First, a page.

One can imagine a young Jewish person reading the texts of the OT. On the one hand, as they retold and remembered the stories of God's salvation and mercy, they would have been thankful and trusted in this. On the other hand, the strong legalism of the OT would have led many into a legalistic self-righteousness. Sanders view of the OT and Judaism is based on enormous scholarship, but oversimplifies the story grossly. The problem is that, in my view, the legalistic stream in the OT, in the hands of those who are zealous, would inevitably lead to legalism. In the hands of young men, zealous for the faith, concerned to please God, determined to please him, motivated to keep the people pure, would inevitable lead to legalistic living.

Paul lived in the temple era. The temple still stood and Jews sought to please God through sacrifice and correct complex ritual. Since the OT, a raft of Pharisaic requirements were being formed to hedge the law, intensifying the legal expectations of an already strongly litigious system. It is naive to argue that Judaism was a system of grace and mercy and leave it there. Sure, it undergirded Judaism, but both streams stood side by side. Among many of the streams of Judaism in the Second Temple period, with the return of Israel from exile and they under foreign rule, it is certain that running through Judaism was a legalistic tendency.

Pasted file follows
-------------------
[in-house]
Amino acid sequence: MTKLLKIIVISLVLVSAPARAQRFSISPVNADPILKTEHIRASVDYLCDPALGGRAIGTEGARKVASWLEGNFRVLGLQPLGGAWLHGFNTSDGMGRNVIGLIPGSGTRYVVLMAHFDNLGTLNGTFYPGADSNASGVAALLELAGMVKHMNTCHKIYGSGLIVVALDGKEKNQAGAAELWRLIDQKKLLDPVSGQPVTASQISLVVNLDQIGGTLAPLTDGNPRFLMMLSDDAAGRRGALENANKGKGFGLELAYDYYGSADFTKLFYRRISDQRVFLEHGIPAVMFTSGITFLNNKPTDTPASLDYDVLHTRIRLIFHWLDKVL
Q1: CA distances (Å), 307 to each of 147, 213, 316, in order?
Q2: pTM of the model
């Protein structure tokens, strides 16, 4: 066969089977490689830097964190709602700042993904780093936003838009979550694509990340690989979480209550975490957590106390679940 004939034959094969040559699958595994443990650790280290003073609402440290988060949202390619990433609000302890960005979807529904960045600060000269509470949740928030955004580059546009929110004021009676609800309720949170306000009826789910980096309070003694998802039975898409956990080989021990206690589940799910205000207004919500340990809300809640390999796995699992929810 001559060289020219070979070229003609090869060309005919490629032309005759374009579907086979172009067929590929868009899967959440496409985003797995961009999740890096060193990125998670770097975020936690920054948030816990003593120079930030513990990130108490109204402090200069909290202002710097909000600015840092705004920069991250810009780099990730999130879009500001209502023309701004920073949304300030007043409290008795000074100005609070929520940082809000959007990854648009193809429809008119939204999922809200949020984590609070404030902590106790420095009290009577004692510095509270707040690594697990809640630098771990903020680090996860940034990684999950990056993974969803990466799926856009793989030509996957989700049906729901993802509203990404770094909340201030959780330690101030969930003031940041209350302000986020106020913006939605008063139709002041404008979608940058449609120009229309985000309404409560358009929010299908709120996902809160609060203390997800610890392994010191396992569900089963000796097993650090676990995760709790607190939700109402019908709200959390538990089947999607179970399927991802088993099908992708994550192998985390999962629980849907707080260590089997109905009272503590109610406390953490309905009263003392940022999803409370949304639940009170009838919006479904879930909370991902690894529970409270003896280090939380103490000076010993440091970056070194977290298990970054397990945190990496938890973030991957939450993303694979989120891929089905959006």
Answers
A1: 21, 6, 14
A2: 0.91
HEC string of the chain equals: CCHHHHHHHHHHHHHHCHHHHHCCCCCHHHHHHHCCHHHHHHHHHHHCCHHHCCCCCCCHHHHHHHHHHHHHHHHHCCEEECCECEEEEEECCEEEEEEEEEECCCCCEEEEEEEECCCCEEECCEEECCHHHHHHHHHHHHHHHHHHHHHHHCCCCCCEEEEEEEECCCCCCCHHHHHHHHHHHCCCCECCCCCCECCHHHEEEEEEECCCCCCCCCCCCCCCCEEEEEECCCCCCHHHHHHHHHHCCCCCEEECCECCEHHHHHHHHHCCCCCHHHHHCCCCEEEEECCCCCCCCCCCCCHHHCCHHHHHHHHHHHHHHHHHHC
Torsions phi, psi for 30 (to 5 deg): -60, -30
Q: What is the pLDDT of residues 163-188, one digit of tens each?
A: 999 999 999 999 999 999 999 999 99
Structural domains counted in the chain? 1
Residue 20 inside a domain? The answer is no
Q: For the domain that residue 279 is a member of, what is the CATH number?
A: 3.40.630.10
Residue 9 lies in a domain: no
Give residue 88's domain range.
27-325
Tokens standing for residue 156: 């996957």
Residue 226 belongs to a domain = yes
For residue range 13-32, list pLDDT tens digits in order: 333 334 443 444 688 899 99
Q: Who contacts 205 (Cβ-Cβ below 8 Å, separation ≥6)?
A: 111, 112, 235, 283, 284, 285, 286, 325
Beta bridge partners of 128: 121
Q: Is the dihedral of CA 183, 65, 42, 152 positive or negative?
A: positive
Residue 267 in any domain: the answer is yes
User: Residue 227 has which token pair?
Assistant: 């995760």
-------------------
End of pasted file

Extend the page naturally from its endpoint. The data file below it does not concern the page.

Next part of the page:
After all, the NT has this effect on many today, with Christians taking the precepts of Jesus, Paul and others, and turning them into law.

Paul, on finding Christ, looked back on all the writings of the OT and Judaism and saw this in himself. He recognised that, on the whole, he and his people sought righteousness through the law and not through grace and faith. It is likely he did not see this before meeting Christ. But on meeting Christ he recognised this in himself. He realised that in seeking righteousness from law, he was in effect trusting in his own flesh, his ability to please God and live eternally through legalistic righteousness. Not perfection mind you, he lived the sacrificial requirements of the faith. That is the point, the sacrificial and legal expectations would inevitably have made anyone in this system legalistic and seeking self-righteousness. We Christians do the same thing, through works of Christian faith, far too much. Faith and works (in whatever form), to please God for salvation, are antithetical. Works please God, but faith saves. The Judaising problem in Acts and Paul's letters (esp. Acts 15; Gal; Rom; Phil 3), is the first clash of these principles. We cannot save ourselves through any religious system, we are saved by a merciful God if we believe in him genuinely. Paul realised this. That is his greatest legacy to the church perhaps.